Reps ask EPA about renewable fuel challenges

Four members of the House who want the renewable fuel standard (RFS) to be lowered wrote to the Environmental Protection Agency (EPA) to ask what problems the agency has faced in writing regulations for the RFS.

The representatives asked EPA Administrator Gina McCarthy on Monday whether the agency considers the effect that corn-based ethanol mandates have on food supplies, the infrastructure limitations of producing renewable fuels and the “blend wall” that limits the volume of renewable fuels refiners can put in their gasoline and diesel before the fuels are unusable.

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“Despite the best intentions, the RFS’s premise and structure were based on many assumptions that no longer reflect the current market conditions, and the imposition of the statutory volumes will cause further economic and environmental harm,” Reps. Bob Goodlatte (R-Va.), Jim Costa (D-Calif.), Steve Womack (R-Ark.) and Peter Welch (D-Vt.) wrote in the letter.

They also asked McCarthy why her agency frequently misses the Nov. 30 deadline to finalize renewable fuel levels for the coming year, a common frustration among fuel refiners.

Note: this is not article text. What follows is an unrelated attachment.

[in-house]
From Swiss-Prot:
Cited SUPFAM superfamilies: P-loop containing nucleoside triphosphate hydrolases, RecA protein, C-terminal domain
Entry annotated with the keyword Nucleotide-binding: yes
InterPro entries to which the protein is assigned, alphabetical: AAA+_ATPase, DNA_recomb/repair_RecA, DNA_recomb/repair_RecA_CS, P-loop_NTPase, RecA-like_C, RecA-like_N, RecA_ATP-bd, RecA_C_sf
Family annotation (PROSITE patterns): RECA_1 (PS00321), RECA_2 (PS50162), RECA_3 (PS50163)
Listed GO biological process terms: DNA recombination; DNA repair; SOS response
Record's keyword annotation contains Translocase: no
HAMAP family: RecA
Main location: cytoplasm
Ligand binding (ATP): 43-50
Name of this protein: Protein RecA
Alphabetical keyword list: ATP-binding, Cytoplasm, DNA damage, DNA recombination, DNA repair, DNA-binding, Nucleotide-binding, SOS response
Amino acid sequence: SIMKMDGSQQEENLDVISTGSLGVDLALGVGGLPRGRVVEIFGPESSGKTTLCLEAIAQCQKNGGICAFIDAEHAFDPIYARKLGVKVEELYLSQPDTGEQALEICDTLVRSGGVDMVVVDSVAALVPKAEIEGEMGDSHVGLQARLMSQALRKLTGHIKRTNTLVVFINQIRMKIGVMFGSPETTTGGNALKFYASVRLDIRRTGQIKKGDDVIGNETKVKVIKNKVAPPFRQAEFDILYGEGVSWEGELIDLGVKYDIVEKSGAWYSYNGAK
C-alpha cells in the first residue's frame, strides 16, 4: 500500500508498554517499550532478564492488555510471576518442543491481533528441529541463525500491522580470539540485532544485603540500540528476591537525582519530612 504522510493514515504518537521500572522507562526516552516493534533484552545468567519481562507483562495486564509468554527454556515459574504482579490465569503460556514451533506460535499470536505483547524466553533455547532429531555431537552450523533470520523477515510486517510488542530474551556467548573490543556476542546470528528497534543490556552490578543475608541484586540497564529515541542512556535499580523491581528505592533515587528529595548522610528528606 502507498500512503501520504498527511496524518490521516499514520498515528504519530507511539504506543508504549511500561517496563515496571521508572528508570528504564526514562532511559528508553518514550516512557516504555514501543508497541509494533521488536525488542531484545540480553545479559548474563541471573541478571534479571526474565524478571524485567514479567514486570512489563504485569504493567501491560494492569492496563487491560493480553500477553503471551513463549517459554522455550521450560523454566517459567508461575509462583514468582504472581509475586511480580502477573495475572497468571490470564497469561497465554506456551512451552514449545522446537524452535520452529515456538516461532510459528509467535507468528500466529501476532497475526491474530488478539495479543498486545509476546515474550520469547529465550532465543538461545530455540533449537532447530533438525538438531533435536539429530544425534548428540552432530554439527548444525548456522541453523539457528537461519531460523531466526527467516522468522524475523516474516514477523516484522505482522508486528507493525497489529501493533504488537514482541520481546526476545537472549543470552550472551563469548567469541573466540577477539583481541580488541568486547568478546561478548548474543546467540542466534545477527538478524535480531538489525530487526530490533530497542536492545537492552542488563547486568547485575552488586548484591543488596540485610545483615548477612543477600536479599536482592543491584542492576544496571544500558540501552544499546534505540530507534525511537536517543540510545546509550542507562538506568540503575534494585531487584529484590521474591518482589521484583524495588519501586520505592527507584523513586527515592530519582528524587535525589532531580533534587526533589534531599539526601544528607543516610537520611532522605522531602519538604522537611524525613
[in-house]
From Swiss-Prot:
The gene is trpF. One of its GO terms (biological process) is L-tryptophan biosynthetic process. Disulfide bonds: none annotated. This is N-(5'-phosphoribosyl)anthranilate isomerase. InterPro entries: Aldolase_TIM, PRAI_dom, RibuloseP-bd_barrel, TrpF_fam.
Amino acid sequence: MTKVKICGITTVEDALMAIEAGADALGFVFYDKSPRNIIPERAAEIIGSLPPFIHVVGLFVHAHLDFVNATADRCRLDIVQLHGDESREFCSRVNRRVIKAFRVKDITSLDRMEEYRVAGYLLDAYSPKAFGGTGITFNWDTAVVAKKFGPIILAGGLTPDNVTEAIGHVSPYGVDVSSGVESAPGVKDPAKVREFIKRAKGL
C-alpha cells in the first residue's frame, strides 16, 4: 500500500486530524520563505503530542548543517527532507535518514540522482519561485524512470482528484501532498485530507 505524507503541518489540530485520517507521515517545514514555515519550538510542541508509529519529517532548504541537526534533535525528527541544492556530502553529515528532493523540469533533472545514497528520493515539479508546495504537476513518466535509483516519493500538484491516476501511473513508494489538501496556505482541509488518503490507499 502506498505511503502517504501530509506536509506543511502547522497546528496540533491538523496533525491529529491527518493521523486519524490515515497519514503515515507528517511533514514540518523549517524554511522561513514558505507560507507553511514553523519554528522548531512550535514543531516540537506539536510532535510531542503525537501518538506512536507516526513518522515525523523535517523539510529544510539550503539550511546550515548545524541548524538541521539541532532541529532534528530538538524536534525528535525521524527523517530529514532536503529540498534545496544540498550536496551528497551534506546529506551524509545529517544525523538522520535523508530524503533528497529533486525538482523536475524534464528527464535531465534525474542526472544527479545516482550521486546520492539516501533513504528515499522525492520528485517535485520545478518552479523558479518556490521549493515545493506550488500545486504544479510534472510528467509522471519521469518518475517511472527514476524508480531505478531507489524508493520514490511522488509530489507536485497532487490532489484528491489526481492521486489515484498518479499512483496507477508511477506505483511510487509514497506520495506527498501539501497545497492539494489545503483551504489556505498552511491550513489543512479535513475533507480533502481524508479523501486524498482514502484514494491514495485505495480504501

In its proposal last year for the 2014 RFS mandate levels, the EPA sought to lower volumes from 2013. The members who wrote to McCarthy applauded that proposal and encouraged EPA to make it final.

But they also want to know why the EPA chose to take that path and why it didn’t propose lower limits in previous years, when most of the same challenges were also present.

Those representatives have also sponsored a bill to reform the RFS by eliminated corn-based ethanol requirements, capping the amount of ethanol that can go into gasoline and setting the cellulosic biofuel mandate at production levels.